If you have watched The Travel Channel series, Bizarre Foods with Andrew Zimmern, you know there isn't a food that Zimmern won't pass up; he'll eat almost anything, save for a few things that he knows will make him sick. The show was about Zimmern discovering different dishes across the globe that many of us have never heard of or found disgusting. But that was why the show worked, the chance to see a former chef eat crocodile in the Australian outback, puffin in Iceland, brain curry in India and porcupine in Botswana. And somehow, things only get weirder from there and two spin-offs followed:  “Andrew Zimmern’s Bizarre World” and “Bizarre Foods America.”

Yet Bizarre Foods is not about the food. It's about finding common ground in the different foods we eat. It's about uniting those separate from us, the poor, the diseased, the people who can't be pigeonholed into a single identity. Zimmern's idea was also to shed light on different people who live in different cultures and discover their lives, their lifestyles, by what they ate, a unique look at what the rest of the world puts on its plate. But along the way, the show was also about the fun Zimmern had while digesting the indigestible.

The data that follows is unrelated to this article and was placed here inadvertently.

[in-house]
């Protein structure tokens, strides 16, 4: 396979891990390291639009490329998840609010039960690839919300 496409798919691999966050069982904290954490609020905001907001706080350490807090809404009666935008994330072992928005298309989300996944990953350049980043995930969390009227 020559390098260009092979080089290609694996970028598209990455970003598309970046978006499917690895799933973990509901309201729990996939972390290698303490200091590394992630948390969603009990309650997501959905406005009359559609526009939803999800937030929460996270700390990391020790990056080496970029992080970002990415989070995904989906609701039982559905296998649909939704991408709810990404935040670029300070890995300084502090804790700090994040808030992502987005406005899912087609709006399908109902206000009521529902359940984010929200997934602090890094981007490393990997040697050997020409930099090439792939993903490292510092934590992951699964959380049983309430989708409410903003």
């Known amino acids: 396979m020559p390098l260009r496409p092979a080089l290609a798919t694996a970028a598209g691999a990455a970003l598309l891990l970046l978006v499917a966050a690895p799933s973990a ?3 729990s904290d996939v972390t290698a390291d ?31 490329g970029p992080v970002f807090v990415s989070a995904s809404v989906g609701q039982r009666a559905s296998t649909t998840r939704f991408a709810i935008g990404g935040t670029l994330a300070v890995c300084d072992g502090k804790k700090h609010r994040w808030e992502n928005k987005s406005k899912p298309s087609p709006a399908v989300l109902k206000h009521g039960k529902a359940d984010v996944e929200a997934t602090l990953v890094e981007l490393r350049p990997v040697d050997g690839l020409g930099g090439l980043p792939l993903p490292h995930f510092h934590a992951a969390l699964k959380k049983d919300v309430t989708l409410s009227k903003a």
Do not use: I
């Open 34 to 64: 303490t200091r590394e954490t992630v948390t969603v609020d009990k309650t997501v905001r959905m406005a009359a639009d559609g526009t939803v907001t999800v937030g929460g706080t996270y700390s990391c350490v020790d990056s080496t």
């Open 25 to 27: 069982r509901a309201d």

When you talk about Zimmern, often the first thing that comes to mind is what was the grossest food he ate and hated, and the grossest food he ate and fell in love with. So what are there? Well, lucky for you, we've discovered the bizarre foods even Andrew Zimmern won't eat, as well as 15 dishes he recommends.

25 Won't Eat: Rotten Canned Fish, Sweden

Zimmern won't eat surstromming, a fish that is native in Sweden and which is a fermented sea creature in a can. That's because it smells horrible. When Andrew opened the can, everyone on set around him had to cover their noses. Zimmern became aware of the surströmming from his visit to Cypress and Stockholm. As Andrew said to Michigan Avenue magazine, "The smell is comparable to the worst dumpster juice you can possibly imagine with a little mermaid aroma thrown on top."

24 Recommends: Porcupine, Botswana

Zimmern loves eating animals that most of us in the US wouldn't touch. It was in Botswana where he hunted porcupines and fell in love with eating them. The rodent can weigh over 100 pounds and Zimmern joked to The Take Out that it looked like the "rodent from The Princess Bride." A porcupine is covered in fat, and that, as well as the skin, makes it tasty to eat. He said, "We threw [the porcupine] over a dying fire. It became charred and crispy, and the fat melted but was held together by muscle. The fat tasted like olive oil. It was remarkably delicious, rich, and porky."

23 Won't Eat: Durian Fruit, Indonesia

Durian, a fruit that grows in Asia, has by far the worst odor that Zimmern had a hard time eating it. In Southeast Asia, it's a popular snack and is the "king of fruits," according to his blog. Durian is also known to be huge, like a volleyball but heavier. It's even scarier to cut apart, as it is covered all around in green-brown thorns that are so pointy that they could pierce your skin. As Zimmern said, "I just don’t like it. But if you can get past the threatening exterior and the harsh smell, you might end up loving the fruit."